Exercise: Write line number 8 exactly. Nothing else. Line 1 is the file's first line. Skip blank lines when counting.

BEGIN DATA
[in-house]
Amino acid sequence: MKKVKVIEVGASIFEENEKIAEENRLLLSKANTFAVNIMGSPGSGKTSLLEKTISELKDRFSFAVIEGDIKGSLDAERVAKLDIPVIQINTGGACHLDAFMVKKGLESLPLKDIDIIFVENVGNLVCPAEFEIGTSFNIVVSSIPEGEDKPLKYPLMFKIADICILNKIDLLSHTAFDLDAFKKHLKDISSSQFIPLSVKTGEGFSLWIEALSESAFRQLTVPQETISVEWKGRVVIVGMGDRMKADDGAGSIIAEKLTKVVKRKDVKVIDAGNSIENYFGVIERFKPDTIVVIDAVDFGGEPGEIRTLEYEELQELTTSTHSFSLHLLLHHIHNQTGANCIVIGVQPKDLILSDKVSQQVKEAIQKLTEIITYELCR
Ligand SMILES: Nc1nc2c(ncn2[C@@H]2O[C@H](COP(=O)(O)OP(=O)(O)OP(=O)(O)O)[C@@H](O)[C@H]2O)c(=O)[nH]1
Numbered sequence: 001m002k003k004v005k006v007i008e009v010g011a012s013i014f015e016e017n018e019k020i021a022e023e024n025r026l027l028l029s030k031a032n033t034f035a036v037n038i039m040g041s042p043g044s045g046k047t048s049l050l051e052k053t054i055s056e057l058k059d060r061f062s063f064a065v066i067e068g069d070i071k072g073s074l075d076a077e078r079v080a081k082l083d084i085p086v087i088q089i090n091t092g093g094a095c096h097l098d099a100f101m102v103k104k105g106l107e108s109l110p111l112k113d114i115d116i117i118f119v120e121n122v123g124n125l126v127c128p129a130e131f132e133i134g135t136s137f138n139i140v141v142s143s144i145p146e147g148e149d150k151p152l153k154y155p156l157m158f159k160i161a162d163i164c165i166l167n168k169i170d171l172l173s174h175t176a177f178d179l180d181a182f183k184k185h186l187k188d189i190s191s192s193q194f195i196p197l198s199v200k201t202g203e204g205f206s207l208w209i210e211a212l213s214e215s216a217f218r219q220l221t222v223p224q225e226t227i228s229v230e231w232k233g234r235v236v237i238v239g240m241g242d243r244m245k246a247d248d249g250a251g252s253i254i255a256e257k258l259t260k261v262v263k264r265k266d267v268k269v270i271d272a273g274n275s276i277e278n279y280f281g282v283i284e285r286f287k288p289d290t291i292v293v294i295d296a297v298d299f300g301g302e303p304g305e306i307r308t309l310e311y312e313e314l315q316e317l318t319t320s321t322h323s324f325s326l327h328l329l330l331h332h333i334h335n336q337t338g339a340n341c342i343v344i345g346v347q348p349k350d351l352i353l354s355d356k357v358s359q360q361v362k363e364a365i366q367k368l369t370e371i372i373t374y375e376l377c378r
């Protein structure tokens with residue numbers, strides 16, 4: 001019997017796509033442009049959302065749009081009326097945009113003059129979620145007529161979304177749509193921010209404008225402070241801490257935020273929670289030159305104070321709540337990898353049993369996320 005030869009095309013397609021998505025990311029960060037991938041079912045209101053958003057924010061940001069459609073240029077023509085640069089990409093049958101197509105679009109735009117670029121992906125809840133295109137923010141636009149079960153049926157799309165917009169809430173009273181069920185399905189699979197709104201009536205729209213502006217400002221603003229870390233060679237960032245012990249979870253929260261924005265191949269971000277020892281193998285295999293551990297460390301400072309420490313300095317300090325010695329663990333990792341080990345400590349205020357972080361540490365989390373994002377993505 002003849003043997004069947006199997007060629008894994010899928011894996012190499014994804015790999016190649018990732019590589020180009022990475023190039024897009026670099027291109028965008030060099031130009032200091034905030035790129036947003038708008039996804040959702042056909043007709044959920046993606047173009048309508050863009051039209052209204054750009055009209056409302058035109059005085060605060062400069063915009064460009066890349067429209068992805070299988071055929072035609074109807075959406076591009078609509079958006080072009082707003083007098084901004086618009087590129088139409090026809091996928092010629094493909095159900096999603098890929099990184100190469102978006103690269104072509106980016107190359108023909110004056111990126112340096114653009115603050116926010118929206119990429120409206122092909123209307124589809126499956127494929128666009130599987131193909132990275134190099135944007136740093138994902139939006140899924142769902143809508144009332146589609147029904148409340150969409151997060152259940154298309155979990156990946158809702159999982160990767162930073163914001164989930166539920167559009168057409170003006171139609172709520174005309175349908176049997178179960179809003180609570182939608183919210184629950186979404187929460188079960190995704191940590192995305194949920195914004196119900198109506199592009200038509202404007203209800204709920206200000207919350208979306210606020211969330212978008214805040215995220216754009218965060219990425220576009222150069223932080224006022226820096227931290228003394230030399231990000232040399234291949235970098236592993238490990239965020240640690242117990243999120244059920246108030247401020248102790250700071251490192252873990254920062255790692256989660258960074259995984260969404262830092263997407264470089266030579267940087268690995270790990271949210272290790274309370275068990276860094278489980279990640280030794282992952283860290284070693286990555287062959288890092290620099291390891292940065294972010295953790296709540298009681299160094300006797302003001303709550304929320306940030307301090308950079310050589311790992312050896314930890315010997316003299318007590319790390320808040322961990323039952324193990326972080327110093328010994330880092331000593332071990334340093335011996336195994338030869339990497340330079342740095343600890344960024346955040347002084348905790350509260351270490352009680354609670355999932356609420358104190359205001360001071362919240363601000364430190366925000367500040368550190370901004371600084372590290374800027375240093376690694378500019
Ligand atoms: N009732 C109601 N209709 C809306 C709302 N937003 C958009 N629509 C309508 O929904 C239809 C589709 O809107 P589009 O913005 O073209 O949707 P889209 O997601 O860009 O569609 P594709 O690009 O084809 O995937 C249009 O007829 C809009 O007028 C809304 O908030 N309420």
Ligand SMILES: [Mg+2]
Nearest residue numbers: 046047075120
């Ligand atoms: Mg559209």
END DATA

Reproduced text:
Nearest residue numbers: 046047075120